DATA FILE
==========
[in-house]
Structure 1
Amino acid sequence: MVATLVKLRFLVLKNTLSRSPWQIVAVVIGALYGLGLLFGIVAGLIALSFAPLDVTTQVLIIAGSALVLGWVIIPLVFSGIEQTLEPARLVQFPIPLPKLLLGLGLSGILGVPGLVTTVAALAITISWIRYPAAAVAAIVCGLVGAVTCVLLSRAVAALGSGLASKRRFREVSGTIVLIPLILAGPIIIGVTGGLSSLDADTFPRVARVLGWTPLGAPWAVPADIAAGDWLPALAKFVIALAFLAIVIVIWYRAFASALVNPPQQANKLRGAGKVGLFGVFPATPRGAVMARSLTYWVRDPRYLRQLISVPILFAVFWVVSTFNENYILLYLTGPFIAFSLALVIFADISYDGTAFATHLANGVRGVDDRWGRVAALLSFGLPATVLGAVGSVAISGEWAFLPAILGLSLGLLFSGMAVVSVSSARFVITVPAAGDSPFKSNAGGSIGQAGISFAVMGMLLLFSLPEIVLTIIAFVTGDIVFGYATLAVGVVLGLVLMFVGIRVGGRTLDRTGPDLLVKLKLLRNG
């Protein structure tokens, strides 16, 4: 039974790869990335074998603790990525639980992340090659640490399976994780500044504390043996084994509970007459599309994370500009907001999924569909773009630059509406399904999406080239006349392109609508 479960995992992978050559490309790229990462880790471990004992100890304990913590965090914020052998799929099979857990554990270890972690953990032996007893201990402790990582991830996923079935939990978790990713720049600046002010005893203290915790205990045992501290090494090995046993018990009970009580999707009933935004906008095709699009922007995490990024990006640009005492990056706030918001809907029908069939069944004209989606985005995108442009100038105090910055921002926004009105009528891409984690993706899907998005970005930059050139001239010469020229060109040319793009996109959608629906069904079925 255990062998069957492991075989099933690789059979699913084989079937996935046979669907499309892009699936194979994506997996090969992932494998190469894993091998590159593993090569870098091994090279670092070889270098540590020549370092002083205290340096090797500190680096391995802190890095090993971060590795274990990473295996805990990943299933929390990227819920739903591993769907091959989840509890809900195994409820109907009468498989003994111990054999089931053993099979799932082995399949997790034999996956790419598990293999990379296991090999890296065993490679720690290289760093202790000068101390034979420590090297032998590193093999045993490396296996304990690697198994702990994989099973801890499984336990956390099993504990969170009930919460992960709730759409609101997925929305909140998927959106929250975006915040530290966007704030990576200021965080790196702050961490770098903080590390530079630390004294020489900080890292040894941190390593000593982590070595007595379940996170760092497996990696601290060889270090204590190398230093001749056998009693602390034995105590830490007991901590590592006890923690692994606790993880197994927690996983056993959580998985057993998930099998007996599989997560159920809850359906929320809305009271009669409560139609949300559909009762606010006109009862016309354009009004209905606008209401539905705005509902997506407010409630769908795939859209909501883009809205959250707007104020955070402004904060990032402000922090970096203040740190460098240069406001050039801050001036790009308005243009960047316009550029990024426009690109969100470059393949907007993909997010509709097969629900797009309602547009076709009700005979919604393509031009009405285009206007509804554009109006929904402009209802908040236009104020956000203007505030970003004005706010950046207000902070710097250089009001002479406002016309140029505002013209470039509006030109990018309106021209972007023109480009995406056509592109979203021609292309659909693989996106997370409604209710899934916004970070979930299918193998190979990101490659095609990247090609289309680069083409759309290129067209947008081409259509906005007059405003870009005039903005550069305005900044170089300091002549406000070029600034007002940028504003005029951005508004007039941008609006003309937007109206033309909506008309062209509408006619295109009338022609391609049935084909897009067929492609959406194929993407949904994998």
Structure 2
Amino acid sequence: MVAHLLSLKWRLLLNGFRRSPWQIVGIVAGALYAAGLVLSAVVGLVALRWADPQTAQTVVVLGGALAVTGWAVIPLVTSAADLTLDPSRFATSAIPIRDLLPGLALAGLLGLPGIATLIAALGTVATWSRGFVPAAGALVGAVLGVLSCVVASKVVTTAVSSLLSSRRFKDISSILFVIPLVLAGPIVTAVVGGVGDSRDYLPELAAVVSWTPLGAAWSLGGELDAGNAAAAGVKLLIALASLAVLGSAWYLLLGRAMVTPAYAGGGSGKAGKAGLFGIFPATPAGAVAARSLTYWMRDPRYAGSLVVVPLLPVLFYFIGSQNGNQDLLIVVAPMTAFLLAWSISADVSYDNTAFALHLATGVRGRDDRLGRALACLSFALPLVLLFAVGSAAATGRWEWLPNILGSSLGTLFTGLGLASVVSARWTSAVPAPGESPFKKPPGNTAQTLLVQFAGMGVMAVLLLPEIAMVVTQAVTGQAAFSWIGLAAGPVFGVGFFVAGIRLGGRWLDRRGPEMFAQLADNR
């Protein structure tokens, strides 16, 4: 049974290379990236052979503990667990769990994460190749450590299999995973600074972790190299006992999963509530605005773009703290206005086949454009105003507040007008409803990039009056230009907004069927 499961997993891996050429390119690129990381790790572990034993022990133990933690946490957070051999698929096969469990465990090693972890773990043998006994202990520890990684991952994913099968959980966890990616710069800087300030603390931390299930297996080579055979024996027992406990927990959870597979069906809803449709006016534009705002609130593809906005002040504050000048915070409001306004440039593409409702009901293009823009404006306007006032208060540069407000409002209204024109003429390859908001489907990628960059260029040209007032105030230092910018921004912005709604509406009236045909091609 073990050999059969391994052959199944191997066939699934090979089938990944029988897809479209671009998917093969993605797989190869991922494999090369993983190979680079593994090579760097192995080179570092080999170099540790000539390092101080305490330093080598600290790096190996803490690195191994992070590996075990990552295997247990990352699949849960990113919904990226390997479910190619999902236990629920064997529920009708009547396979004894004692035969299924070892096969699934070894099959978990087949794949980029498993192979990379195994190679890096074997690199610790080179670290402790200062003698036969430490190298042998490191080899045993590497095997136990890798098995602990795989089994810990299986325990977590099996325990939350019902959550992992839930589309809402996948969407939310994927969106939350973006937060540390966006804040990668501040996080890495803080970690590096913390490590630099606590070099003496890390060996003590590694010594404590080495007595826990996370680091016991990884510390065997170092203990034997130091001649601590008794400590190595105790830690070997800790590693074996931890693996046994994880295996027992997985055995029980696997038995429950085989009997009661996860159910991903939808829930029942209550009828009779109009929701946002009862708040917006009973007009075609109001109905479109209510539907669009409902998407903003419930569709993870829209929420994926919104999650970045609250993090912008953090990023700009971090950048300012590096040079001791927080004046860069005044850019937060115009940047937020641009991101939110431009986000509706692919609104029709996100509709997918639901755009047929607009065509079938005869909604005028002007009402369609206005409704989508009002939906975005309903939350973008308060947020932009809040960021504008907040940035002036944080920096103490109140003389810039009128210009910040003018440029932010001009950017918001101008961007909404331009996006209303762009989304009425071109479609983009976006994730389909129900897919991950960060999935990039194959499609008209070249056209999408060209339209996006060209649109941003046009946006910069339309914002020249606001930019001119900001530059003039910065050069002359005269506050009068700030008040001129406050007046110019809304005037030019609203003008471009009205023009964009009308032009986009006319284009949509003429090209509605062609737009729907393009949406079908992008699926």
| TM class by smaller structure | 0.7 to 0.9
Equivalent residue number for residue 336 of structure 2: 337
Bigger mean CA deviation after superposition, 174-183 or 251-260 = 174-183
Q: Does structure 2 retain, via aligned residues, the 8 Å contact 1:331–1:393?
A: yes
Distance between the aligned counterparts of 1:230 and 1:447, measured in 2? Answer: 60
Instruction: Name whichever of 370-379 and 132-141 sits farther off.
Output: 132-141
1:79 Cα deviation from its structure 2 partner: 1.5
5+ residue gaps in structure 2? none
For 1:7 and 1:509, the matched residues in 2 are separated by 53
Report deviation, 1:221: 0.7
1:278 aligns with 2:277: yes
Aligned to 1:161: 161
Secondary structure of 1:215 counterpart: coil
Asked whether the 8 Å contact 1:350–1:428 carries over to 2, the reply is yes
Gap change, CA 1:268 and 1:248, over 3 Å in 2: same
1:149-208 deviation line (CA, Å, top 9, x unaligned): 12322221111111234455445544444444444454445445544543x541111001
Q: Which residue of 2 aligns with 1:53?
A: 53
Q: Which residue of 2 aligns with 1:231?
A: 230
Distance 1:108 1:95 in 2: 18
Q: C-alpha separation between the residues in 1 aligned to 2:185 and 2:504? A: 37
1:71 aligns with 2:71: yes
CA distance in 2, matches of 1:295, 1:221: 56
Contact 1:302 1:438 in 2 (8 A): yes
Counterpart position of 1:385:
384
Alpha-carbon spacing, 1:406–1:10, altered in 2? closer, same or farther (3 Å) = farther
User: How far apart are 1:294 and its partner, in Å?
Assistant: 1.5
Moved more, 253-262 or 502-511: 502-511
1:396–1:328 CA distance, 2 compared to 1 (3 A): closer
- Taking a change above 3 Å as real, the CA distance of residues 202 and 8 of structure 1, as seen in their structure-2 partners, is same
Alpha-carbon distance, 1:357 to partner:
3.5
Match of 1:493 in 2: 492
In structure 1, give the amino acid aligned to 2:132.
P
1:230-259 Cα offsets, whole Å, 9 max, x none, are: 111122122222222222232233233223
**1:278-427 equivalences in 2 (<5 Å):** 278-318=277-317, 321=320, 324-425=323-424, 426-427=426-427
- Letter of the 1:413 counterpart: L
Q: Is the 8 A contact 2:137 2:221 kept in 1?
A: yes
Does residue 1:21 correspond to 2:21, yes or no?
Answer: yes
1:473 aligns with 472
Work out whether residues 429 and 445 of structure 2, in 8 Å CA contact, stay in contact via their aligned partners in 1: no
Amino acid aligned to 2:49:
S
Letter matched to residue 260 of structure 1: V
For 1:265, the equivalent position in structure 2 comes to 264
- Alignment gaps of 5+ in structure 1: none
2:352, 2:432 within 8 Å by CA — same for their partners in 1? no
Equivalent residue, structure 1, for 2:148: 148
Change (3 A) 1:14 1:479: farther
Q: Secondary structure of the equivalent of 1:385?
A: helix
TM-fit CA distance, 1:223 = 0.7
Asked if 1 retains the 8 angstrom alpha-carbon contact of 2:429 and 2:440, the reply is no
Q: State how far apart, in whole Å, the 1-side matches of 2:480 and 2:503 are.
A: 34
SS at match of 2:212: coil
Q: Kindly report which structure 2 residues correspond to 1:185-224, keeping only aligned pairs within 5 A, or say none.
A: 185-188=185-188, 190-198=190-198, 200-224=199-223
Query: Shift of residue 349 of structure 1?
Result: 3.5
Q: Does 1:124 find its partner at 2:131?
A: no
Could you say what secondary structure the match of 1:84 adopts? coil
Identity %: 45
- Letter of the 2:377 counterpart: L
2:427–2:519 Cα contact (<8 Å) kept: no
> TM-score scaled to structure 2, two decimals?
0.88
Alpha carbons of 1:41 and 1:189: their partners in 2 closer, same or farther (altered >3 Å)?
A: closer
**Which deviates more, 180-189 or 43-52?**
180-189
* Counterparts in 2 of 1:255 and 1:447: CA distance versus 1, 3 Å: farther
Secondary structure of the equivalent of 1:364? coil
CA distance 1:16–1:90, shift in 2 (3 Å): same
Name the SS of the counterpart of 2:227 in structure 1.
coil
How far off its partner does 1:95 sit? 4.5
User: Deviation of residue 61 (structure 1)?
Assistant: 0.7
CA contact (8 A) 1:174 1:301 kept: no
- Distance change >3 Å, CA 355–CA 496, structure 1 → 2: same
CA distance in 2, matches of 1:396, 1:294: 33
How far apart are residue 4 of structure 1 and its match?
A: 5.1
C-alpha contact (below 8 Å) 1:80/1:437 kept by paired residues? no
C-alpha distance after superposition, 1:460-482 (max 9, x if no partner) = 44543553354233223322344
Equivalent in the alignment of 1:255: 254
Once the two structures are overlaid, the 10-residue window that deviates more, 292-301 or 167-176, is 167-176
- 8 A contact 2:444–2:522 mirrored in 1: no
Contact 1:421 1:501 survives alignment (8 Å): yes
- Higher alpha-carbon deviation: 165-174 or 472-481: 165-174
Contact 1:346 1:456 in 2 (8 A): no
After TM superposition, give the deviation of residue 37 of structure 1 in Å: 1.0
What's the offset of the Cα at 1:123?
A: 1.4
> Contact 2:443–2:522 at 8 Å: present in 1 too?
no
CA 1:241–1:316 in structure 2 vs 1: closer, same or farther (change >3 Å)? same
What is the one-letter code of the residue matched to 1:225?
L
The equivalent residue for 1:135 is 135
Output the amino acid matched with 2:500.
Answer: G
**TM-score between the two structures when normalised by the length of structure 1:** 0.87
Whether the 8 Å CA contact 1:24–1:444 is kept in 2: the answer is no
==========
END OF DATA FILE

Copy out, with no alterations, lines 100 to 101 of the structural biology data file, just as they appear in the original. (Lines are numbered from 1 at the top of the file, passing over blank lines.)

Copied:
A: 5.1
C-alpha contact (below 8 Å) 1:80/1:437 kept by paired residues? no